Michael Gillespie (1929-2012) was a well-known bronze cast sculptor. He created many pieces that are now displayed in colleges around Cambridge. The piece at Impington Village College, titled ‘Warriors Head’ from 1968, and can be compared with his other similar works, such as 'Head VII' from 1969. The 'Warrirors Head' is likely to have been Gillespie's first show of artwork at the college, as a local newspaper reported that he continued to display his sculptures at Impington "on and off" in following years. Thus it was a chosen piece by the college in the art exhibition for 1968.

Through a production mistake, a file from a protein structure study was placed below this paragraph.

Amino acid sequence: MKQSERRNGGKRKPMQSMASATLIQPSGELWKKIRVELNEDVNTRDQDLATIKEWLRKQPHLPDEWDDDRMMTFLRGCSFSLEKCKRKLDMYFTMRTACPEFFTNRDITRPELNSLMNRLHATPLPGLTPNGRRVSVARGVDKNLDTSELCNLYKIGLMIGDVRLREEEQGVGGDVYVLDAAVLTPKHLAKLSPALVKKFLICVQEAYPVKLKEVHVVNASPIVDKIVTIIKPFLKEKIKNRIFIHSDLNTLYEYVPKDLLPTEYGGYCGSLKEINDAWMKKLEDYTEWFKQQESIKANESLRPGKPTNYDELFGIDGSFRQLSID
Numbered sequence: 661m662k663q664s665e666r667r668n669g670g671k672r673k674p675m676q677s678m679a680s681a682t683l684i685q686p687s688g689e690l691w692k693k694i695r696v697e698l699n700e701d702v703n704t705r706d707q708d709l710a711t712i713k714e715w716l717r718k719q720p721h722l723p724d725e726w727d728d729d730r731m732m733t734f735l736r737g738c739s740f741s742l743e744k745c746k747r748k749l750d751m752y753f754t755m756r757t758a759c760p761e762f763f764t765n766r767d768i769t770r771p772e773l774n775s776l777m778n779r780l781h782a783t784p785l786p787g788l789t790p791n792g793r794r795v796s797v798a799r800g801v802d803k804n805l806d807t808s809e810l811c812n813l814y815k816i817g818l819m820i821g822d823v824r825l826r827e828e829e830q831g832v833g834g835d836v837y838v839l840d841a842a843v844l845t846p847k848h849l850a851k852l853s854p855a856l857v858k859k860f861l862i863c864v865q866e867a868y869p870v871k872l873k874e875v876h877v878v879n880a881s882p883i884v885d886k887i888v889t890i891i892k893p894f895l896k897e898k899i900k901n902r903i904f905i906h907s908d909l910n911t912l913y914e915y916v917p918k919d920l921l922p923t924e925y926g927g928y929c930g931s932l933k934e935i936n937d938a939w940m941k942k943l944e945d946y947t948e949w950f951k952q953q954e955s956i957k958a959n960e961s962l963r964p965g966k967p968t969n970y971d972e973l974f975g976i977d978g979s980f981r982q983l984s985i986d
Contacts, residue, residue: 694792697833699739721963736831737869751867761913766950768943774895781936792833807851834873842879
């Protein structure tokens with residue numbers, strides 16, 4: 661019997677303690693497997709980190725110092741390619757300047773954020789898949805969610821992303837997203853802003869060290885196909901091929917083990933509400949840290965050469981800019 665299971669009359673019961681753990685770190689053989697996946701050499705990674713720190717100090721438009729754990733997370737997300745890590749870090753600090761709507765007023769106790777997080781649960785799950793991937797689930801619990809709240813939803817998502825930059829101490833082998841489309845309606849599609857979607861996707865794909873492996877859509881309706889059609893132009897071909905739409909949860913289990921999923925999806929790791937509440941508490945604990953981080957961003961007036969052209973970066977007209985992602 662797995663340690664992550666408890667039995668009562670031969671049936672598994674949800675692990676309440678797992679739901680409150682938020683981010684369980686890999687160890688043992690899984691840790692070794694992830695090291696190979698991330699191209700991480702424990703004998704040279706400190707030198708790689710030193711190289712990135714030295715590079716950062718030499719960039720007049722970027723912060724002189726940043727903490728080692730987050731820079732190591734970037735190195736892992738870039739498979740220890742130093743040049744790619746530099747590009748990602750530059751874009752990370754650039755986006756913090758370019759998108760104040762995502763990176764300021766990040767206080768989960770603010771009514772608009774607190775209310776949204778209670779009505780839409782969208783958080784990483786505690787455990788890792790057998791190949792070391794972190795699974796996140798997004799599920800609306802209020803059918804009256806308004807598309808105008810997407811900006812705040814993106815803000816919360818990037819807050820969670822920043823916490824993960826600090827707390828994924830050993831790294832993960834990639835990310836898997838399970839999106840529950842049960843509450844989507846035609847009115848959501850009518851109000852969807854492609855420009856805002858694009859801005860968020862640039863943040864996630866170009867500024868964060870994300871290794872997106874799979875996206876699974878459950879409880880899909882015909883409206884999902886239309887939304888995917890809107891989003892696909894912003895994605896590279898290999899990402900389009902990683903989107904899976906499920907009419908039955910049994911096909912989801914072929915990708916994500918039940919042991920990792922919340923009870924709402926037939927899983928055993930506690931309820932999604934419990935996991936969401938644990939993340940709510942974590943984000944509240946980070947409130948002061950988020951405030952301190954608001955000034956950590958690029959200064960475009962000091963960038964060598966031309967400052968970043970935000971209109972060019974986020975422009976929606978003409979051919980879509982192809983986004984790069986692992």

Gillespie’s sculptures are quite abstract, and often deal with the human form, but in a very figurative and powerful way. The idea is to not look for “meaning” within his work, but rather to understand how they appear and complement the surroundings in which they are placed. Sensations of movement and dance in bronze were also important to Gillespie. In all his works, whether abstract or figurative, there is a strong sense of inner forms being revealed, not in a static way but always with the possibility of motion.
Gillespie will also be remembered by many as a fine bronze-caster, working for Jacob Epstein to produce numerous bronze heads and also for Elisabeth Frink, who called him the best bronze caster in England.
Why do you think this piece is called “Warriors Head”? How do you think the environment and the sculpture interact?